In 2014, the Islamic State of Iraq and Syria (ISIS) was killing members of religious minorities in Iraq, including Yezidis, Shia Muslims, and Christians. The thousands of Christians who were displaced had difficulty trusting Muslim neighbors, who some believed were complicit in attacks. After the war, Salma Mousa wanted to understand how trust could be rebuilt among Christians and Muslims in Iraq. So she turned to a great group unifier: sports.
Soccer is popular among both Christians and Muslims in Northern Iraq, and in many ways soccer teams are an ideal way to test theories developed in U.S. based research labs about intergroup relations. Psychological theory suggests that intergroup contact will be more effective at creating better relations between the groups when (1) participants are on an equal footing, (2) the activity is endorsed by community authorities, and (3) participants have a common goal. Soccer teams with a mixture of Christian and Muslim players check all the boxes.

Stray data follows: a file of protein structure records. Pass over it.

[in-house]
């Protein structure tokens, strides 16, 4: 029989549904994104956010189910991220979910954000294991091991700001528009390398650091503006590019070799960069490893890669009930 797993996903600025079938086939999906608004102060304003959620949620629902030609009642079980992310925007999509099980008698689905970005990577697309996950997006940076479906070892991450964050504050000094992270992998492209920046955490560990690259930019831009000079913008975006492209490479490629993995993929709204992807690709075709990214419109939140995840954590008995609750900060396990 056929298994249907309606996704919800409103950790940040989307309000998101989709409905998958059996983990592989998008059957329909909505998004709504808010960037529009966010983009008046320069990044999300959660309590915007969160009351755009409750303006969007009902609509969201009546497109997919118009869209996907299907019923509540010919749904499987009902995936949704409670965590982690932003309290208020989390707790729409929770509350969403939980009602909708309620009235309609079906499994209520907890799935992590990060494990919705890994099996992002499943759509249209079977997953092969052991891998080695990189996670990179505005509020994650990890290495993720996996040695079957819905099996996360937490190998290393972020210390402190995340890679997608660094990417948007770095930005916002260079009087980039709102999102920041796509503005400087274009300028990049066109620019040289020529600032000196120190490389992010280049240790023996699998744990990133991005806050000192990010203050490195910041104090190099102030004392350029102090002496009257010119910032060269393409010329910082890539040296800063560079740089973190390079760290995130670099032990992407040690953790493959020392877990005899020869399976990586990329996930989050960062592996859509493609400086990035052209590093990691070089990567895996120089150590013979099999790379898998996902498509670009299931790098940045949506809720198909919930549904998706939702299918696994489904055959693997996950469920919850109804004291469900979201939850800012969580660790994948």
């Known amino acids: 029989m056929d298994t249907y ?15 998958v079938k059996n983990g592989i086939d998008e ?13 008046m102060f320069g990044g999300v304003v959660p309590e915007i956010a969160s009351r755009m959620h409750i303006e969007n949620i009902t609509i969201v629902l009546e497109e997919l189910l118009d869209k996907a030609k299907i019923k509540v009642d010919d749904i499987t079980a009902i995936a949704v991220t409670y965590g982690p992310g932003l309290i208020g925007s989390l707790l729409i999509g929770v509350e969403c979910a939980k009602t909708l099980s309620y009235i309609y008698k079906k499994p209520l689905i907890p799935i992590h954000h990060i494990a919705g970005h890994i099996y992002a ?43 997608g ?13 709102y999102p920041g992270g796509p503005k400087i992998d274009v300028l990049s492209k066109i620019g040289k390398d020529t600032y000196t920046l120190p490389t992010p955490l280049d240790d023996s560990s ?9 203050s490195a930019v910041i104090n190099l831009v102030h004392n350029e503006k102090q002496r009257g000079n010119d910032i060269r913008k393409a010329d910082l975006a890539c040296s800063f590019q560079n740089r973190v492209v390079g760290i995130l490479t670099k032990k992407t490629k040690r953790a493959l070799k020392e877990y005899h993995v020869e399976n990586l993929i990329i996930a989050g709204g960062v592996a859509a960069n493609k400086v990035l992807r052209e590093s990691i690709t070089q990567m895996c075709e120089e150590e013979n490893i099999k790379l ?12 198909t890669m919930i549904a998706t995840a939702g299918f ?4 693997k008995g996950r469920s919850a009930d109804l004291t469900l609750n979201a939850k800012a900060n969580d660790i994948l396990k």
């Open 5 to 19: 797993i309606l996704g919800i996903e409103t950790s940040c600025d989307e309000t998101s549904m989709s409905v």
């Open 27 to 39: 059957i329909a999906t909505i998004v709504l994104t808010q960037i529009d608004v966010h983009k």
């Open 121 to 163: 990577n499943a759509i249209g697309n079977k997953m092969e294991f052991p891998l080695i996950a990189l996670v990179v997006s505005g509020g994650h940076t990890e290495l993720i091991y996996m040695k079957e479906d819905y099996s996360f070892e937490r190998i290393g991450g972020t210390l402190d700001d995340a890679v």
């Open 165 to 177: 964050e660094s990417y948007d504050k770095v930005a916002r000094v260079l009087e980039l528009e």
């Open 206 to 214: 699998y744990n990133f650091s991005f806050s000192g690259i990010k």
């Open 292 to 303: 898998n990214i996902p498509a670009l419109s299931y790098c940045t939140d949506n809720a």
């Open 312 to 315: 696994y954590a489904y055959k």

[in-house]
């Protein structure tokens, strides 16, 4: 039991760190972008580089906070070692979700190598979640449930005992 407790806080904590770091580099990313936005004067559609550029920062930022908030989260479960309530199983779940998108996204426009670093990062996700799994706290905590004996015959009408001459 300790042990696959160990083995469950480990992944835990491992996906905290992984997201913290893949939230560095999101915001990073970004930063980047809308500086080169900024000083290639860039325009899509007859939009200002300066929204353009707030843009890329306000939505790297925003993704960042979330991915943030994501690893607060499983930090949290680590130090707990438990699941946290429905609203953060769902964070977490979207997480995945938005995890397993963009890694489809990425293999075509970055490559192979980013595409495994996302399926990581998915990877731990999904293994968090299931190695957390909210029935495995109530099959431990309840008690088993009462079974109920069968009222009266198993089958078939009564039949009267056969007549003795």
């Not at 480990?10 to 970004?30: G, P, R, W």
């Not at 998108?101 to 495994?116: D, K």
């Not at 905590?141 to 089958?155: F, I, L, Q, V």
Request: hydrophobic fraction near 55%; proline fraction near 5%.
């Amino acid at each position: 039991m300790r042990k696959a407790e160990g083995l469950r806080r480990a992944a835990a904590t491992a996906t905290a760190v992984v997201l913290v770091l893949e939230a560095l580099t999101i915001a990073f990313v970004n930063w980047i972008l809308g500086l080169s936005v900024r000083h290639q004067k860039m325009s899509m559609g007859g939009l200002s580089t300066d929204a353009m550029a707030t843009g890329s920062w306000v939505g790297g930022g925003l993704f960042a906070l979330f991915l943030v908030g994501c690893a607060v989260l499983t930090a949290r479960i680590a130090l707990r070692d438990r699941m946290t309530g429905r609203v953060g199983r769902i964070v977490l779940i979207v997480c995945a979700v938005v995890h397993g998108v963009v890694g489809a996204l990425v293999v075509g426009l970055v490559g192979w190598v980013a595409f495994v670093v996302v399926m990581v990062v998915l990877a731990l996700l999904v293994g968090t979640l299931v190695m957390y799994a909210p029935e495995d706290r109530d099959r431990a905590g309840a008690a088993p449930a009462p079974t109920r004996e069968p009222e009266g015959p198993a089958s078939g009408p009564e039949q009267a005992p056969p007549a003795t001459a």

So Mousa and her research team contacted captains of local Christian soccer teams in Northern Iraq and asked if they’d be willing to participate in a study of people displaced by war. Importantly, they agreed to be randomly assigned to one of two research conditions: continue playing on an all-Christian team, or have three Muslim players—who had also been displaced by ISIS—added to the team.